Rep. Paul Broun might have the voting card of a Member of Congress, but the honorific he prefers is doctor, not Congressman.
Call it the Congressional name game.
On Capitol Hill, staffers often find that addressing one’s boss is rarely a straightforward affair. What you call the person whose name is on the door might depend on your own seniority and your audience. Mostly, though, it depends on the bosses’ personal quirks.
It’s difficult to generalize along age, gender or regional lines about who likes to be called what. Instead, Members’ monikers are highly individual choices, in some cases a product of branding (a first name connotes an everyman humility, while “doctor” reminds voters that their lawmakers have chops on health care legislation) and others, just old habits.
Among the most distinct are the many doctors of Congress. Some of the body’s opticians, veterinarians and surgeons prefer to be identified with their first professions. No wonder there: Doctors are the fifth-most-trusted profession in Gallup’s annual survey; Members of Congress rank above only used-car salesmen and lobbyists.
Rep. Paul Broun might have the voting card of a Member of Congress, but the honorific he prefers is “doctor,” not “Congressman.” In addition to simply being the title the Georgia Republican is used to after years as a black-bag-toting house-call physician, it serves another purpose.
“In Washington, being a doctor has helped him be an influence in health care debates because he has that experience,” spokeswoman Meredith Griffanti says. The M.D. behind his name, featured prominently on his Congressional and campaign websites, is a reminder of his credentials.
Over on the Senate side, John Hart has known his boss, Sen. Tom Coburn for 14 years, and in that time, the only thing he’s called him is “Dr. Coburn.”
“None of us would ever call him ‘Tom,’” says Hart, the Oklahoma Republican’s spokesman. “His friends call him that, but in a professional capacity, it’s always ‘Dr. Coburn.’”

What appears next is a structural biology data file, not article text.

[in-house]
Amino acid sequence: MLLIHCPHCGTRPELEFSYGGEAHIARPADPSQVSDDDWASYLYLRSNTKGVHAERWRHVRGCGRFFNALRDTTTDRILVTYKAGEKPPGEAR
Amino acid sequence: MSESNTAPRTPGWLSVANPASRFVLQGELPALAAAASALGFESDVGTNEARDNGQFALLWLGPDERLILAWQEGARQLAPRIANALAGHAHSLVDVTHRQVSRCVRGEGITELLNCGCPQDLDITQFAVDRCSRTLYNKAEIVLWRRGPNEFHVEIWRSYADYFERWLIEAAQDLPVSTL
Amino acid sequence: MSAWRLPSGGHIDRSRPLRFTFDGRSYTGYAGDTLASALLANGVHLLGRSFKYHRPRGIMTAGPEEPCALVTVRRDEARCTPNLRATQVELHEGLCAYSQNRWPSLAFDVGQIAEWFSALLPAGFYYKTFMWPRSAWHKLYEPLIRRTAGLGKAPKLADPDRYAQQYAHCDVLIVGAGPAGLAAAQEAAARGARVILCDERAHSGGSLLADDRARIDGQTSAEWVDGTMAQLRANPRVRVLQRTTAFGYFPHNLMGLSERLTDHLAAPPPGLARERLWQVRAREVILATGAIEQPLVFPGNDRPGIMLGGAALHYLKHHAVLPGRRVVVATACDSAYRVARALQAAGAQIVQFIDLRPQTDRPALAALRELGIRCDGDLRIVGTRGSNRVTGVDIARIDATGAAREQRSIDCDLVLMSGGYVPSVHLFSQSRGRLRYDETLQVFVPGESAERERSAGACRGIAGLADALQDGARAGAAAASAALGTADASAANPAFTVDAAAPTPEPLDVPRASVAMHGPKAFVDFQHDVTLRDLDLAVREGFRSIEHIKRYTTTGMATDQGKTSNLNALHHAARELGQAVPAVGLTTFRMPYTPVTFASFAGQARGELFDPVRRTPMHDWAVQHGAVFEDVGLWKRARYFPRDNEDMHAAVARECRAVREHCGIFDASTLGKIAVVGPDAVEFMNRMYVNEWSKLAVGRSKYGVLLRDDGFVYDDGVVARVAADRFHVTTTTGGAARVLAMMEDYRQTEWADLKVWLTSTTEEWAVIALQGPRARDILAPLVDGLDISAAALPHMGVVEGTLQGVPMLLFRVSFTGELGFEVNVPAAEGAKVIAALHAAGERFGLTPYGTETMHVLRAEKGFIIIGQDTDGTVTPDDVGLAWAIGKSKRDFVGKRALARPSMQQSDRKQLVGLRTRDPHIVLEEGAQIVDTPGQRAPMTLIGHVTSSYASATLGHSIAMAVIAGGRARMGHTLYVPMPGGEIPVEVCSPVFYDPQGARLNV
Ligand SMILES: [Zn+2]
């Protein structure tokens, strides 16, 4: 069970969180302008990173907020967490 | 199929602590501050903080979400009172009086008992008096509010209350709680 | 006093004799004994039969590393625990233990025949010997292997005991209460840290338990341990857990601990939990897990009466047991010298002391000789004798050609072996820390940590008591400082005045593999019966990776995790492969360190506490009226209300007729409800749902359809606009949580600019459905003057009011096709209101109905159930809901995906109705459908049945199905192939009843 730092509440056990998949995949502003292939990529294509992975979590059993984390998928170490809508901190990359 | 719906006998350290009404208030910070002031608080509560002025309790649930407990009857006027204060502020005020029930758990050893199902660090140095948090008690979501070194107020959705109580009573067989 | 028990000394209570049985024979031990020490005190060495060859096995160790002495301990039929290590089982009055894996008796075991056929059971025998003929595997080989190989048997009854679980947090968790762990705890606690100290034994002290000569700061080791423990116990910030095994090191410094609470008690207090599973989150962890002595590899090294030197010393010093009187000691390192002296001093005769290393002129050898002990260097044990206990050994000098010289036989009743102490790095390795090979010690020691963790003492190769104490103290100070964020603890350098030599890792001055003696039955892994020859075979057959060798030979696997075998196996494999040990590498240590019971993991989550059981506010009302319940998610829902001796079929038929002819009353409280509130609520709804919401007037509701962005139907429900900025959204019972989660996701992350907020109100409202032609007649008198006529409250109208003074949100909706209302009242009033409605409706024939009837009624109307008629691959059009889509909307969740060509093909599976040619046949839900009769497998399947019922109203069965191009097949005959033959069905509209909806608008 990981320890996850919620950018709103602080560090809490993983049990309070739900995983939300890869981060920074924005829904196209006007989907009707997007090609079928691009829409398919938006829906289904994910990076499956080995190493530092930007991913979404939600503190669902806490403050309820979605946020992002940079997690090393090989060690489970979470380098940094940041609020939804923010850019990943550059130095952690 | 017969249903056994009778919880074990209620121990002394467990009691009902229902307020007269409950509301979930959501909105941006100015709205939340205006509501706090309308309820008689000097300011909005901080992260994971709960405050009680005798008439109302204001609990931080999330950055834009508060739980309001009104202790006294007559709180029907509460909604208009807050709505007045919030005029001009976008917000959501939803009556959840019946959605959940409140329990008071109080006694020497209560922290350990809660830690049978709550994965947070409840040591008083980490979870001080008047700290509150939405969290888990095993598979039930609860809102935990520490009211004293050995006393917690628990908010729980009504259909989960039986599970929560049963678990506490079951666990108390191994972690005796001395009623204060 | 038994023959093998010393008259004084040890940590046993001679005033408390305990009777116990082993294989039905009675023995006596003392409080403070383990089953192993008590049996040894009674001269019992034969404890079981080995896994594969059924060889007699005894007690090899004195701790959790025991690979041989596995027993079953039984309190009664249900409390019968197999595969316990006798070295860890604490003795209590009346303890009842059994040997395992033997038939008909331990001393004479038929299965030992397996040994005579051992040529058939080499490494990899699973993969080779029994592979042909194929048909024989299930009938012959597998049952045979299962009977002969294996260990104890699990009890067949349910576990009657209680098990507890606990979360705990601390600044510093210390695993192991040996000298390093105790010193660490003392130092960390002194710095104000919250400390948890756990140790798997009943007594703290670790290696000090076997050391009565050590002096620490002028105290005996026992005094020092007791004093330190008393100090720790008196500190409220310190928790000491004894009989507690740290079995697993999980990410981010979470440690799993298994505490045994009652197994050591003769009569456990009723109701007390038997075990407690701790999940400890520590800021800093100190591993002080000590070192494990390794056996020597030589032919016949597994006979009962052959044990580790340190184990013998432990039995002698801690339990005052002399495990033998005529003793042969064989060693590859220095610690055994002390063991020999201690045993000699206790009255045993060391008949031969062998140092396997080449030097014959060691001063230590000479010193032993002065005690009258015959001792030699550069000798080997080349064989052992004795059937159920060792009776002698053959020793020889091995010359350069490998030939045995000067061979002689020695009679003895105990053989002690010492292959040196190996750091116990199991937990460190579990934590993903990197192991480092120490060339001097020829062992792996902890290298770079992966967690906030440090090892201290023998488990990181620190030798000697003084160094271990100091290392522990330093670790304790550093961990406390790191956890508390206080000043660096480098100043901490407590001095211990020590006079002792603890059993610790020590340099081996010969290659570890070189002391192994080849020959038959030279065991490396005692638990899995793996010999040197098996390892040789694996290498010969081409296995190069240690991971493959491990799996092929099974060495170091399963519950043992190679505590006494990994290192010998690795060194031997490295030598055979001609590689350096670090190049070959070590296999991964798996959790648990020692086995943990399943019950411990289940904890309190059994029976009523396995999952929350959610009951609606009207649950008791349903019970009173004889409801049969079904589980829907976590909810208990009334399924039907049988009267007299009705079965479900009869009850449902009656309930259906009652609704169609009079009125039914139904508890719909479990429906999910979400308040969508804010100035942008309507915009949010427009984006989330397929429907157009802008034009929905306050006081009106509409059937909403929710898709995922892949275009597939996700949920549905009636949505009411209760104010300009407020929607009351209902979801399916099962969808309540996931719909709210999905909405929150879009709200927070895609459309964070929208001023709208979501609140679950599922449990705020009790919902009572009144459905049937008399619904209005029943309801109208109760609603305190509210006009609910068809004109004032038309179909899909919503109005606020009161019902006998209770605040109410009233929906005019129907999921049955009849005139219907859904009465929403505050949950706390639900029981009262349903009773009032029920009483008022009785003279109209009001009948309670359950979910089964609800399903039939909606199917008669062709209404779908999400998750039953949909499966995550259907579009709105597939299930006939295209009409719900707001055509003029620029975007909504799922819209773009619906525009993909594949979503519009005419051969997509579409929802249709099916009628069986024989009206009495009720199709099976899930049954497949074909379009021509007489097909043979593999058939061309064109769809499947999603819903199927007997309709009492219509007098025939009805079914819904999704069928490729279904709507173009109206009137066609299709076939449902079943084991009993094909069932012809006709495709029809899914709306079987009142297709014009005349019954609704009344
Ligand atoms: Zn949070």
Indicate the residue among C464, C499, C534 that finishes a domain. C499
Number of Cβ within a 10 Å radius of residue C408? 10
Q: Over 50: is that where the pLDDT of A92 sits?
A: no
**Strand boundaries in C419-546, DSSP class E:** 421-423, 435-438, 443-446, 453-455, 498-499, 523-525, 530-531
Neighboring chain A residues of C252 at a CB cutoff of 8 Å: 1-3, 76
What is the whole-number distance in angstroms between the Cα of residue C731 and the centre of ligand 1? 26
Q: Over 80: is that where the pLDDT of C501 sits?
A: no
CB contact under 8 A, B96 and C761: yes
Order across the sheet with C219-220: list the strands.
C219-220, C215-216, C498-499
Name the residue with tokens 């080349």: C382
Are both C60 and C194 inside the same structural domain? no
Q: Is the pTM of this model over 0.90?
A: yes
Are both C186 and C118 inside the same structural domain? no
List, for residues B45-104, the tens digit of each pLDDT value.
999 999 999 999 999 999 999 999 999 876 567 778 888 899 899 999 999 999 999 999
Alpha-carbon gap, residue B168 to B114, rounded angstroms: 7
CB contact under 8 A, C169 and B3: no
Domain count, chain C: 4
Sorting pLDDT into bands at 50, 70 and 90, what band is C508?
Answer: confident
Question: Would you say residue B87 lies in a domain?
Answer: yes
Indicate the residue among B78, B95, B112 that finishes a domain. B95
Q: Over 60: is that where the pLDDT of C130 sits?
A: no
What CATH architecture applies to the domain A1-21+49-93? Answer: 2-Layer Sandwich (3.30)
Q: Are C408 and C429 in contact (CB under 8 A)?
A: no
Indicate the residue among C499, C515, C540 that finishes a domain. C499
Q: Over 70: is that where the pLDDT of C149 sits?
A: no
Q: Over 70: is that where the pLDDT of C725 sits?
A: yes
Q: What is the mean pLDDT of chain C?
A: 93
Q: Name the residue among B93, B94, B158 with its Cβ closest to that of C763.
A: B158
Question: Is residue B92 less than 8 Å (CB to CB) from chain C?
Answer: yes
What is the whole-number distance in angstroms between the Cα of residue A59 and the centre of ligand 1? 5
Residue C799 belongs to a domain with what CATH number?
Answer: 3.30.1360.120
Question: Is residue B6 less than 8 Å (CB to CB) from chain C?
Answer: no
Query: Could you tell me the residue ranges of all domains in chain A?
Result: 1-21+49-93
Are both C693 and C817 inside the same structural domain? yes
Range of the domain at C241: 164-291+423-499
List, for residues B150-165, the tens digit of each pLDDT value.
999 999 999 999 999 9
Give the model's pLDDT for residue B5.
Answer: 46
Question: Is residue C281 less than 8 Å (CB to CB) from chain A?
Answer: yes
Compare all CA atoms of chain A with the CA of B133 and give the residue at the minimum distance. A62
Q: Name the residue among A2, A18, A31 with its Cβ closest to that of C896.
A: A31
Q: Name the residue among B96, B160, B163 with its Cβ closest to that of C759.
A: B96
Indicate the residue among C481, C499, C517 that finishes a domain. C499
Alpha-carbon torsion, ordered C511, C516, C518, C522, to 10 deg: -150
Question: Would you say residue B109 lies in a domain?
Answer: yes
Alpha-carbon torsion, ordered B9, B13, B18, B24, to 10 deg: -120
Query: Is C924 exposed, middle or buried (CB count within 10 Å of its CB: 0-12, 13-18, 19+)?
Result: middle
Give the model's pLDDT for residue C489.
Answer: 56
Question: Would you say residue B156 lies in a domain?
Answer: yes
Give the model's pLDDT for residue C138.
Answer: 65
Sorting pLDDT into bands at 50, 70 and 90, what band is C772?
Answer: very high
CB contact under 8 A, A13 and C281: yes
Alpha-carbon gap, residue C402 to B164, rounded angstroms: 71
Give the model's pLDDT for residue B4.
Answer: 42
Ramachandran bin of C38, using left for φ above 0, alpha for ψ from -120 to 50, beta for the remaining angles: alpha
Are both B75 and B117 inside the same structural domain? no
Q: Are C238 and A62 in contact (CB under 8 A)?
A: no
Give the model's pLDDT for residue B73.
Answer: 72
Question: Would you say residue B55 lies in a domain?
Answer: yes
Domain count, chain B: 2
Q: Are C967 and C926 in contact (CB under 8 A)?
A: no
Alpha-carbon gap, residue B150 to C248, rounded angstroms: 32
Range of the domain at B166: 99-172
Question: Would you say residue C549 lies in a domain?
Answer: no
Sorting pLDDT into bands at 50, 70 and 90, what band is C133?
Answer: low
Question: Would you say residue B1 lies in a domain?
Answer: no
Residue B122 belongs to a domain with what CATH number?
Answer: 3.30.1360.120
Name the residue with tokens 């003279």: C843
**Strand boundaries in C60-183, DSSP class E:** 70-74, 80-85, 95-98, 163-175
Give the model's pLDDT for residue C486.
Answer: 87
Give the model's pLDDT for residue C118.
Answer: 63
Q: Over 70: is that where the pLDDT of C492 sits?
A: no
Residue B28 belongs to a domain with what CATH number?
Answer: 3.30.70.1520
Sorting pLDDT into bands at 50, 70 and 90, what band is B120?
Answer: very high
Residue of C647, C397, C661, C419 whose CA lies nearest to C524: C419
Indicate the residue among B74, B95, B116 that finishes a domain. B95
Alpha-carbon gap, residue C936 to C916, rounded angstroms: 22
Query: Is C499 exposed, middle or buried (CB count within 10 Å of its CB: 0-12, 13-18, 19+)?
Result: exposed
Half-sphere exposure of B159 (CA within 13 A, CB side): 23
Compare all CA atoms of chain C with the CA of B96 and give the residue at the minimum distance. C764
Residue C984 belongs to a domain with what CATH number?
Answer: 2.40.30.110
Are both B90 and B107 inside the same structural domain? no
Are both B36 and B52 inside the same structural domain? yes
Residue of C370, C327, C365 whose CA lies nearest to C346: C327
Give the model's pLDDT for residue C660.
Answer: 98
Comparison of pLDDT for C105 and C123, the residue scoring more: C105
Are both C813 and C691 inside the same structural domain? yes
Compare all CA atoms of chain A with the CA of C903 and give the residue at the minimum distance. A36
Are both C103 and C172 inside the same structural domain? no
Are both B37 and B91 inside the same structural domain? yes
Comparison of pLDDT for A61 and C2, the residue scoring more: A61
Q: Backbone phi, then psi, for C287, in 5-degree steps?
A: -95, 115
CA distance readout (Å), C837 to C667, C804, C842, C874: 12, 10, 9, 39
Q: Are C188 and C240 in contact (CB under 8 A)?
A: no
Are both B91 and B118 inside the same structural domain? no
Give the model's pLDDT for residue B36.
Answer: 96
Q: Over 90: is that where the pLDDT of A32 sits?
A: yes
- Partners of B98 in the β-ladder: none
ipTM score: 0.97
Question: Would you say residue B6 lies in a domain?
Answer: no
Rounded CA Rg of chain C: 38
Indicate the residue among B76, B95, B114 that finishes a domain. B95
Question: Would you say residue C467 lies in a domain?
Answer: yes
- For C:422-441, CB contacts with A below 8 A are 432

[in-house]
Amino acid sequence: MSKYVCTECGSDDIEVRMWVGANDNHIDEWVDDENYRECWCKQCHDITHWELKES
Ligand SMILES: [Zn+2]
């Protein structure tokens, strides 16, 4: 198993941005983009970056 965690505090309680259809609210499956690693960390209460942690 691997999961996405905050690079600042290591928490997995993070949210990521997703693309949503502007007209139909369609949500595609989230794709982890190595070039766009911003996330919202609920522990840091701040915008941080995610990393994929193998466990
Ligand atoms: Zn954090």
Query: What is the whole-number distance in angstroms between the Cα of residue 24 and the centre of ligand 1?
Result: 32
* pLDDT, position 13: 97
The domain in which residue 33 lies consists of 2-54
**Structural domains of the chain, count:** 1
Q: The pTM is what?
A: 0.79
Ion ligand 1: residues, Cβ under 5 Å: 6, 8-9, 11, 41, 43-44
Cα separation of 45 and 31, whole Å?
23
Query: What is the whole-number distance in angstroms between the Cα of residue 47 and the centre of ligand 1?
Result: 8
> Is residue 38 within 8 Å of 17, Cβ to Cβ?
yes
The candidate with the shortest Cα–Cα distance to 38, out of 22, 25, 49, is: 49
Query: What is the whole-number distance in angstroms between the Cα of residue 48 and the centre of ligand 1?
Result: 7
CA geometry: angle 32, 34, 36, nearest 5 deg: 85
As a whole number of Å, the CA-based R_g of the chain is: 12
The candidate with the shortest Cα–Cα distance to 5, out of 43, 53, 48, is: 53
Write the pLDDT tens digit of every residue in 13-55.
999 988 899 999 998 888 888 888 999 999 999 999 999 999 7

Coburn’s medical bona fides have lent him credibility on health care issues, but the name has sometimes been turned against him: He’s been dubbed “Dr. No” for his frequent opposition to measures he considers unconstitutional. But he clearly derives his identity from his first career, not his current one: Call the Senator’s office and a chipper voice greets you: “Dr. Coburn’s office!”
Some Members like to have their under-the-Dome status recognized. Sen. Barbara Boxer (D-Calif.) in 2009 asked a witness testifying before her to address her as “Senator,” not “ma’am.”
“I worked so hard to get that title,” she informed the witness.
Many Members prefer a more casual approach and ask that everyone, from their interns to their constituents, call them by their first names. First names appear to be more prevalent in the House than in the more-formal Senate, and younger Members seem to use them more often — though it’s hardly the exclusive province of the junior set.
Roll Call has launched a new feature, Hill Navigator, to advise congressional staffers and would-be staffers on how to manage workplace issues on Capitol Hill. Please send us your questions anything from office etiquette, to handling awkward moments, to what happens when the work life gets too personal. Submissions will be treated anonymously.